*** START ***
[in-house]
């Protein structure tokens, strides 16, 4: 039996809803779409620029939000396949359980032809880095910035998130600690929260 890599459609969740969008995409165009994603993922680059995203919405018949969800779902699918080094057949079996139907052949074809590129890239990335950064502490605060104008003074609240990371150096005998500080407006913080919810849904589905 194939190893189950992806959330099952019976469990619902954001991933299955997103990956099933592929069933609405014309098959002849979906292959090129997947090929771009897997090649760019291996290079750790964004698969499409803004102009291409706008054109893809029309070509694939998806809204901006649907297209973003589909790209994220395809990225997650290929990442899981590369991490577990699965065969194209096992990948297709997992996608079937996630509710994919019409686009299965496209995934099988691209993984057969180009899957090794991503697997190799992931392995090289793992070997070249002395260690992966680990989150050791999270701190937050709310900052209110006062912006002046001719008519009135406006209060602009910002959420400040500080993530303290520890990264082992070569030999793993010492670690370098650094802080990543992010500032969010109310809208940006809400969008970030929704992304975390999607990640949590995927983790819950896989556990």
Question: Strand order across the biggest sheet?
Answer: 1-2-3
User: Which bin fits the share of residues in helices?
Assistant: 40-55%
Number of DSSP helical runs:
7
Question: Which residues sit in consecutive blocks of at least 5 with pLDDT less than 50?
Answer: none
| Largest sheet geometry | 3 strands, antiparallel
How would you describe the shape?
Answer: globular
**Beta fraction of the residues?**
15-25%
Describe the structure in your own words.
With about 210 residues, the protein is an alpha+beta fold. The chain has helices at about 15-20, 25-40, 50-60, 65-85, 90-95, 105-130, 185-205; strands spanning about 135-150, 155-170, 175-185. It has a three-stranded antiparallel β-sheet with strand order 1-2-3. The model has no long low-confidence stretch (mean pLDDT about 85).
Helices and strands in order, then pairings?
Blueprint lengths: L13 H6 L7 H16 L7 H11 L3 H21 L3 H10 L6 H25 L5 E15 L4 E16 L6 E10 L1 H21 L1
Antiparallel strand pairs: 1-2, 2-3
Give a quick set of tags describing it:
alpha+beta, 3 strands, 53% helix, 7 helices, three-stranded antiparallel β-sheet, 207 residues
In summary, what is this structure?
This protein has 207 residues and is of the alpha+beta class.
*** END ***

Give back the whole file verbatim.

[in-house]
């Protein structure tokens, strides 16, 4: 039996809803779409620029939000396949359980032809880095910035998130600690929260 890599459609969740969008995409165009994603993922680059995203919405018949969800779902699918080094057949079996139907052949074809590129890239990335950064502490605060104008003074609240990371150096005998500080407006913080919810849904589905 194939190893189950992806959330099952019976469990619902954001991933299955997103990956099933592929069933609405014309098959002849979906292959090129997947090929771009897997090649760019291996290079750790964004698969499409803004102009291409706008054109893809029309070509694939998806809204901006649907297209973003589909790209994220395809990225997650290929990442899981590369991490577990699965065969194209096992990948297709997992996608079937996630509710994919019409686009299965496209995934099988691209993984057969180009899957090794991503697997190799992931392995090289793992070997070249002395260690992966680990989150050791999270701190937050709310900052209110006062912006002046001719008519009135406006209060602009910002959420400040500080993530303290520890990264082992070569030999793993010492670690370098650094802080990543992010500032969010109310809208940006809400969008970030929704992304975390999607990640949590995927983790819950896989556990």
Question: Strand order across the biggest sheet?
Answer: 1-2-3
User: Which bin fits the share of residues in helices?
Assistant: 40-55%
Number of DSSP helical runs:
7
Question: Which residues sit in consecutive blocks of at least 5 with pLDDT less than 50?
Answer: none
| Largest sheet geometry | 3 strands, antiparallel
How would you describe the shape?
Answer: globular
**Beta fraction of the residues?**
15-25%
Describe the structure in your own words.
With about 210 residues, the protein is an alpha+beta fold. The chain has helices at about 15-20, 25-40, 50-60, 65-85, 90-95, 105-130, 185-205; strands spanning about 135-150, 155-170, 175-185. It has a three-stranded antiparallel β-sheet with strand order 1-2-3. The model has no long low-confidence stretch (mean pLDDT about 85).
Helices and strands in order, then pairings?
Blueprint lengths: L13 H6 L7 H16 L7 H11 L3 H21 L3 H10 L6 H25 L5 E15 L4 E16 L6 E10 L1 H21 L1
Antiparallel strand pairs: 1-2, 2-3
Give a quick set of tags describing it:
alpha+beta, 3 strands, 53% helix, 7 helices, three-stranded antiparallel β-sheet, 207 residues
In summary, what is this structure?
This protein has 207 residues and is of the alpha+beta class.